Independent contractor protections bill clears House committee

temperature checks
The bill allows businesses to provide safety training and supplies during a state of emergency without fear of legal reprisal.

Florida may soon create legal protections for employers and independent contractors under a measure OK’d Wednesday by a House committee.

Under the proposal (HB 411), independent contractors and businesses can mutually help one another during a public health emergency without fear of possible litigation that alleges an employee-employer relationship. Republican Rep. Lauren Melo of Naples is the bill sponsor.

“The intent of this bill is to provide clear guidance so that employers and independent contractors are protected,” Melo told lawmakers.

The measure bars several specific circumstances from being used as evidence during a lawsuit. Those circumstances include financial assistance to a sick or fearful contractor, the assignment of protective equipment and safety training.

The Pandemics and Public Emergencies Committee passed the measure unanimously with few questions and no debate.

“We’ve seen examples of companies who have been forced to charge their independent contractors for safety equipment during the COVID 19 pandemic,” Melo said. “Not necessarily because they want to, but because they have very real concerns over the potential negative legal consequences of those actions.”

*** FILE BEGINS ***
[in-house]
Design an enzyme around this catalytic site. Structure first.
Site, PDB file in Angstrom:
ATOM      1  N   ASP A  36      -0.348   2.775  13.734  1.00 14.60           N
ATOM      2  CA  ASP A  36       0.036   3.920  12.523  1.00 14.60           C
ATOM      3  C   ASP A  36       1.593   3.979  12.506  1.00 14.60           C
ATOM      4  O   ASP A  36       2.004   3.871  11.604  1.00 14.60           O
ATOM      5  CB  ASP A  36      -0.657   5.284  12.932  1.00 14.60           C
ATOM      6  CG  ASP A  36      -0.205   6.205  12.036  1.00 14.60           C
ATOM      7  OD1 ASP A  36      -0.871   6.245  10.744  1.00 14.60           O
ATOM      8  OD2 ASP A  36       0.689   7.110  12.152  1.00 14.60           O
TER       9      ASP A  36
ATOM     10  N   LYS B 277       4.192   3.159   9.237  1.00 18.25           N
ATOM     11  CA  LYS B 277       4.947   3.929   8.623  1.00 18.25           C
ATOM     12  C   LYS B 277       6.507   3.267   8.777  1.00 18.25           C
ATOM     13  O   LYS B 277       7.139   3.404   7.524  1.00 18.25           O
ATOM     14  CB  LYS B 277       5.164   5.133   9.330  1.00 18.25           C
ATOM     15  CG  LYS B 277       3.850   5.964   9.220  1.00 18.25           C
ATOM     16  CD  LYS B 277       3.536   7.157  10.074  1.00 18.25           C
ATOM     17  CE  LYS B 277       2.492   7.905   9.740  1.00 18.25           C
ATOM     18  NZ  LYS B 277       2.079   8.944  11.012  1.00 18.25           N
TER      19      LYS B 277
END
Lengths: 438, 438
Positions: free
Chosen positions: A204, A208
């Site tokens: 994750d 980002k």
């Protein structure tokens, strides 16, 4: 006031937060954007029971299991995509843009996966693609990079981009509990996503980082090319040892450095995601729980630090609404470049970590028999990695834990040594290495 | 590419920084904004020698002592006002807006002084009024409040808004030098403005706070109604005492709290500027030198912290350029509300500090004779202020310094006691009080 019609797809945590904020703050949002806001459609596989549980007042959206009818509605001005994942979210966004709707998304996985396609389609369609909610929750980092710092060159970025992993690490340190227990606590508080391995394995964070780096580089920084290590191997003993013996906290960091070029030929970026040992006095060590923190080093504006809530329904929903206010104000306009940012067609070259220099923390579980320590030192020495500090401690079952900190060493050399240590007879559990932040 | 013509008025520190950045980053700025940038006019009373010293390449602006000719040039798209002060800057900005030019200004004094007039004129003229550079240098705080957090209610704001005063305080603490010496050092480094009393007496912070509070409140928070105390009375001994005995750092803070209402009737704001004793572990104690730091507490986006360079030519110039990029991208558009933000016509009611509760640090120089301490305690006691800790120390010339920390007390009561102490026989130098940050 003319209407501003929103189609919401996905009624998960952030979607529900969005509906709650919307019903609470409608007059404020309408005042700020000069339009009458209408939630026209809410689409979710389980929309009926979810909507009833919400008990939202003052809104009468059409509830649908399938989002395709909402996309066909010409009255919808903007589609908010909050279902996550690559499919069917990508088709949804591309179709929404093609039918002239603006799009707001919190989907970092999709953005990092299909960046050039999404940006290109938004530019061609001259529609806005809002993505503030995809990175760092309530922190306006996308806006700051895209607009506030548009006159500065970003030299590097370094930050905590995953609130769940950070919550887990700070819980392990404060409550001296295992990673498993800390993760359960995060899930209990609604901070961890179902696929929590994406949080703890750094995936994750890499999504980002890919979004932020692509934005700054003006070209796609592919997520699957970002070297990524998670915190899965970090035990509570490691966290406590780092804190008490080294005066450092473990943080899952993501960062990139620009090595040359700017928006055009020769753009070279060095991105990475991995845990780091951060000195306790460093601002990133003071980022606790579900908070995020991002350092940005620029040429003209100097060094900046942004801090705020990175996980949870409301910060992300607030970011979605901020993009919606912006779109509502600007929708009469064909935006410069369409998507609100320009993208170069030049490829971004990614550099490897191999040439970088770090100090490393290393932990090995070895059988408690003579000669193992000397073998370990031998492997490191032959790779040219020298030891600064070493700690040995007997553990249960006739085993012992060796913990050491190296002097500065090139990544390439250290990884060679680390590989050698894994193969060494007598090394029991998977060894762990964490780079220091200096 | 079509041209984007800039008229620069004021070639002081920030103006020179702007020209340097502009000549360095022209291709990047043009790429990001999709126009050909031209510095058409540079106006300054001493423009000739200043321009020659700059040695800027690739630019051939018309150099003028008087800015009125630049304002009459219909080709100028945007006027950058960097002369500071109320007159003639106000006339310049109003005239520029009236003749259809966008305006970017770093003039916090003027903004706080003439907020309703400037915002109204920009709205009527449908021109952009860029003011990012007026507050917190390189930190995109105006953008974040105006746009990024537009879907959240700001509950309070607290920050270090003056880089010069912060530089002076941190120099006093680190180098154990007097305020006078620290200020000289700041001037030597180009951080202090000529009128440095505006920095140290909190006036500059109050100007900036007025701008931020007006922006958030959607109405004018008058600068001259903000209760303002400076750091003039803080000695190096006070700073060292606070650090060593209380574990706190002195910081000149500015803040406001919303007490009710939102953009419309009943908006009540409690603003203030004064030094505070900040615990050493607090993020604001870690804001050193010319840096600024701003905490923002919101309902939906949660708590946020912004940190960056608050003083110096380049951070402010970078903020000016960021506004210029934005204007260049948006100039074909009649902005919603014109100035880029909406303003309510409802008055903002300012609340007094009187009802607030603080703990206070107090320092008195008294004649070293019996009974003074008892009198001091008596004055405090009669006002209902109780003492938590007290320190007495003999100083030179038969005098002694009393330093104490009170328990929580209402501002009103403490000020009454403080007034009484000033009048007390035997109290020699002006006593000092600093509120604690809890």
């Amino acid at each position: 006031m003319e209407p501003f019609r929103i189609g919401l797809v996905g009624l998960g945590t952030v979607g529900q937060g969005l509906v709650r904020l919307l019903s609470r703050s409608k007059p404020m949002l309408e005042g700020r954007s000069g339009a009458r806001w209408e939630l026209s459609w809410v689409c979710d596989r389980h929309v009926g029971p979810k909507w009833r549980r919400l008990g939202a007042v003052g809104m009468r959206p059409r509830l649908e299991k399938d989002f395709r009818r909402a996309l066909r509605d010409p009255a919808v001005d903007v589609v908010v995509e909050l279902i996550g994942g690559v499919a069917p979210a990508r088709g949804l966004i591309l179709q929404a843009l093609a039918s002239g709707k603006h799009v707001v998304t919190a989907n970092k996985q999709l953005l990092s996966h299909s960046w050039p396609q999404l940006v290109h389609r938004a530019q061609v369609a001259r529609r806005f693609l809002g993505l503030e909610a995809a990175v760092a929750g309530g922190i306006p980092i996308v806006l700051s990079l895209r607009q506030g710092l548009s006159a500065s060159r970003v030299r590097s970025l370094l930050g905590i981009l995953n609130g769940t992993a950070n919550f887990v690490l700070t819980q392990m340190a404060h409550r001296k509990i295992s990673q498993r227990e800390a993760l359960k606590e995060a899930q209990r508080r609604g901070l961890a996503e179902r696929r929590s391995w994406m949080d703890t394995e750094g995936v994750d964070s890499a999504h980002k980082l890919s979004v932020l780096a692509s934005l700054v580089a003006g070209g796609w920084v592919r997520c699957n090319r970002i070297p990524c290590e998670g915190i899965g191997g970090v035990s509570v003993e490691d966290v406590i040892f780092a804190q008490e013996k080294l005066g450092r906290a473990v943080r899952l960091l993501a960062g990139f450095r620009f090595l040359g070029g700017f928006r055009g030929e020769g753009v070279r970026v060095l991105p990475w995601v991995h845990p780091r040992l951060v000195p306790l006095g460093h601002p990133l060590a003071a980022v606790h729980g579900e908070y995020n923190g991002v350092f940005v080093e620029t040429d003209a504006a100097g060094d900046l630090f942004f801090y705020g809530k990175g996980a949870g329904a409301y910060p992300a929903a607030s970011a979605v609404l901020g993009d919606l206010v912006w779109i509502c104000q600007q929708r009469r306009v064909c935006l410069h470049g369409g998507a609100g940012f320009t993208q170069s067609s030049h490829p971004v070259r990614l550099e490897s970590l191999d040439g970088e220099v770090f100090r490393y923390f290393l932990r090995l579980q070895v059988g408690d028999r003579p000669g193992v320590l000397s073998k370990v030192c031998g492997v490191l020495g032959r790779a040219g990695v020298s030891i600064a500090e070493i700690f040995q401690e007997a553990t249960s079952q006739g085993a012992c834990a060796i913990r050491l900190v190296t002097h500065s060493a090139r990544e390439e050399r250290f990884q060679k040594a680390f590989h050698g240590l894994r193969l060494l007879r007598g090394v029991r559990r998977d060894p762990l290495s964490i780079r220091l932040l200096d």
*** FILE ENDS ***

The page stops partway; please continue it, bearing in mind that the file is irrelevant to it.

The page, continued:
According to the IRS, an independent contractor is a self-employed person contracted to perform work as a nonemployee.

Melo, a real estate broker, said she experienced challenges during the pandemic with independent contractors. She provided training, masks and hand sanitizer, though at possible risk to her business.

“That changes their classification,” Melo said.

The proposal will appear next before the House Judiciary Committee and the Civil Justice and Property Rights Subcommittee.

The Senate companion (SB 542), meanwhile, is sponsored by Republican Sen. Ana Maria Rodriguez. That bill awaits its final review with the Senate Rules Committee and has yet to receive a downvote in its previous two committee stops.

The United States is home to more than 10 million independent contractors, CNBC reports.

If signed into law, the measure would take effect July 1.

Jason Delgado

Jason Delgado covers news out of the Florida State Capitol. After a go with the U.S. Army, the Orlando-native attended the University of Central Florida and earned a degree in American Policy and National Security. His past bylines include WMFE-NPR and POLITICO Florida. He'd love to hear from you. You can reach Jason by email ([email protected]) or on Twitter at @byJasonDelgado.


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